Pressures are building on the Oxford University Hospitals Trust (OUHT) as demands for acute care rise while funding is squeezed.
A report being presented to tomorrow’s (Friday) Community Partnership Network on the latest situation at the Horton and John Radcliffe hospitals shows emergency admissions were up nearly eight per cent in 2016 - 17.
The number of admissions in both hospitals totalled 76,684. A&E attendances rose by 3.85 per cent to 149,995.
The report,being presented by Andrew Stevens, head of planning at OUHT, says the trust had delivered more activity than planned but had lost £4.65m in revenue because of a ‘block contract’ with Oxfordshire Clinical Commissioning Group.
He says the number of delayed discharges of care has remained high this year in spite of measures taken to deal with the costly problem.
This category is sometimes referred to as bed blocking and refers to patients who are well enough to leave acute care beds but are stranded in hospital because there is not money for social care packages to be provided.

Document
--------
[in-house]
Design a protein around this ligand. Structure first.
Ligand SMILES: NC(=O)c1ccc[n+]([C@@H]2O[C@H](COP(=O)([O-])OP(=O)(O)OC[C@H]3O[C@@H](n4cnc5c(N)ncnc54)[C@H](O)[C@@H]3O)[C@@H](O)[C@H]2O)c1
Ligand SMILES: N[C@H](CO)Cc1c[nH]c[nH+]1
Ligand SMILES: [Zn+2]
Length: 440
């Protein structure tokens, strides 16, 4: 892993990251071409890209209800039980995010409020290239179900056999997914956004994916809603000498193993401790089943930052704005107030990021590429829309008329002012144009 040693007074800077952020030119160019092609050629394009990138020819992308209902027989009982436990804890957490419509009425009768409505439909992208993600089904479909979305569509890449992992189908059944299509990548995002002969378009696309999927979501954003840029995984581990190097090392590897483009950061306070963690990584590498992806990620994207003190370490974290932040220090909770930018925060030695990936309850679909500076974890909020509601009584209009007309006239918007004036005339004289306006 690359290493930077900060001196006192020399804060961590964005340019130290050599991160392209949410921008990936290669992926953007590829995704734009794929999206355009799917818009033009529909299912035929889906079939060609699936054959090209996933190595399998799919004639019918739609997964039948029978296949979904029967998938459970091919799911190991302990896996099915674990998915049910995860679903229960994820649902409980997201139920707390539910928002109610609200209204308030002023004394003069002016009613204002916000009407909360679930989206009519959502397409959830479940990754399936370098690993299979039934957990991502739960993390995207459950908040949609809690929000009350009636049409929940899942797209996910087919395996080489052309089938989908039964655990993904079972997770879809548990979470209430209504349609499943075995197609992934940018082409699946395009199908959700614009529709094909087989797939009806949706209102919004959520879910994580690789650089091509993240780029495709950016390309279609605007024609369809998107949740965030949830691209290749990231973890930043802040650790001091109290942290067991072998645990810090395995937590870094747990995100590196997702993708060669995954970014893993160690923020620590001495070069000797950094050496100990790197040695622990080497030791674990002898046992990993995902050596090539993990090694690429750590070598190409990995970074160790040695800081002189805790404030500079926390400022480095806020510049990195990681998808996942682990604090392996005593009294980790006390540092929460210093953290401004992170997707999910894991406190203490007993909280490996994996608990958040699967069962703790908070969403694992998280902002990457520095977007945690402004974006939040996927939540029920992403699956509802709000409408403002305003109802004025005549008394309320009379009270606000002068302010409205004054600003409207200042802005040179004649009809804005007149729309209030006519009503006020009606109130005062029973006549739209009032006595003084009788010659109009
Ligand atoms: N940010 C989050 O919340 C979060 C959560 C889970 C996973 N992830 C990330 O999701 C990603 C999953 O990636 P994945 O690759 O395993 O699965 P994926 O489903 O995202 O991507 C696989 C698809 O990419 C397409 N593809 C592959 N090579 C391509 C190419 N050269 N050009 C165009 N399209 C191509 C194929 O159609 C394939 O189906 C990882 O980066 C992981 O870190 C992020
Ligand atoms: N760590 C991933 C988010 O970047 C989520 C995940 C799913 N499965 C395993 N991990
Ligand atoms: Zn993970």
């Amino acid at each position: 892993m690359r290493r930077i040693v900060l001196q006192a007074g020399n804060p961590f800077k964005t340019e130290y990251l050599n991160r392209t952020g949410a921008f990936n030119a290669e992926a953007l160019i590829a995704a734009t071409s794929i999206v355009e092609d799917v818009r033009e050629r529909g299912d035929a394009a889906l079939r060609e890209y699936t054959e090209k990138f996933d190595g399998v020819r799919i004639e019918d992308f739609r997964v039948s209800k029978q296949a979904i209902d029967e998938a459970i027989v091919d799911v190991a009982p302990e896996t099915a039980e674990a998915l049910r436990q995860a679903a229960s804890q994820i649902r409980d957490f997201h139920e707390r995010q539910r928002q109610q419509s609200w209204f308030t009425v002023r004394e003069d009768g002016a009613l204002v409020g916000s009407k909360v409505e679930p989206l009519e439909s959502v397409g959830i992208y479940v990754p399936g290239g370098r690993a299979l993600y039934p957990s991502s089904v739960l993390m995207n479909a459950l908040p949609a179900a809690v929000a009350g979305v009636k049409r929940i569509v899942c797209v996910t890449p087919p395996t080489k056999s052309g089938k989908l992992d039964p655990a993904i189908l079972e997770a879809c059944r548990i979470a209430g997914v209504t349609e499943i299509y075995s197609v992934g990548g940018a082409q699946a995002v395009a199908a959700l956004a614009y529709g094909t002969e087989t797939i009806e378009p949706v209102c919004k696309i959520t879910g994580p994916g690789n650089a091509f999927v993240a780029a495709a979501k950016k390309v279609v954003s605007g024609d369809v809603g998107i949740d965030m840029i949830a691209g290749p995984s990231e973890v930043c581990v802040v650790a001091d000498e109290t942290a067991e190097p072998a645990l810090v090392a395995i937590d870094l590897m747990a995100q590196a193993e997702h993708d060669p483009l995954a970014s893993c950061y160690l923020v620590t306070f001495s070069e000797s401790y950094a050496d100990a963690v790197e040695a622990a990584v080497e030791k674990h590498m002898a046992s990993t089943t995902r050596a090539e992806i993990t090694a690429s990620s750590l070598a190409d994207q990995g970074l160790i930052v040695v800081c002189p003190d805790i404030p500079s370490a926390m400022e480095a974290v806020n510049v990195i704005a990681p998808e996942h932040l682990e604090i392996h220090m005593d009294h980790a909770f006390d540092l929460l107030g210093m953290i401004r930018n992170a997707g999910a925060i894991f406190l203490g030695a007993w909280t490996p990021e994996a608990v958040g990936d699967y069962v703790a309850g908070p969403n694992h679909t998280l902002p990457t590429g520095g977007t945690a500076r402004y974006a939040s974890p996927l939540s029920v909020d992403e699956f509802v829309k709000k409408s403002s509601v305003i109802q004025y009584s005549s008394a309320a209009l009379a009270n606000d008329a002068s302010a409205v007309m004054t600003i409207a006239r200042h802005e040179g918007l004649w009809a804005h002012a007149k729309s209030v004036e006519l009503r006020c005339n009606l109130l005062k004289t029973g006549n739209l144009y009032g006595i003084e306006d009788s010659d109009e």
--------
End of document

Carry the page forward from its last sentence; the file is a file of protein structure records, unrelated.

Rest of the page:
Mr Stevens’ paper says: “To help to manage the number of delayed transfers of care patients, the trust has invested £8.7m in liaison, ambulatory and out-of-hospital services... £4.8 more than planned.”
He reports a shortfall in ‘the trust level of productivity and savings’ of £13.6m.
The trust has imposed pay restrictions and cost control measures in non-clinical areas - without causing any adverse effect on patient safety or quality of care. NHS England has ordered Oxfordshire to cut £200m by 2020-21 and Horton services are threatened.
Keep the Horton General chairman Keith Strangwood said: “This increased activity shows the Horton is needed more than ever. Demand is going up, not down. Its services must be retained and protected.”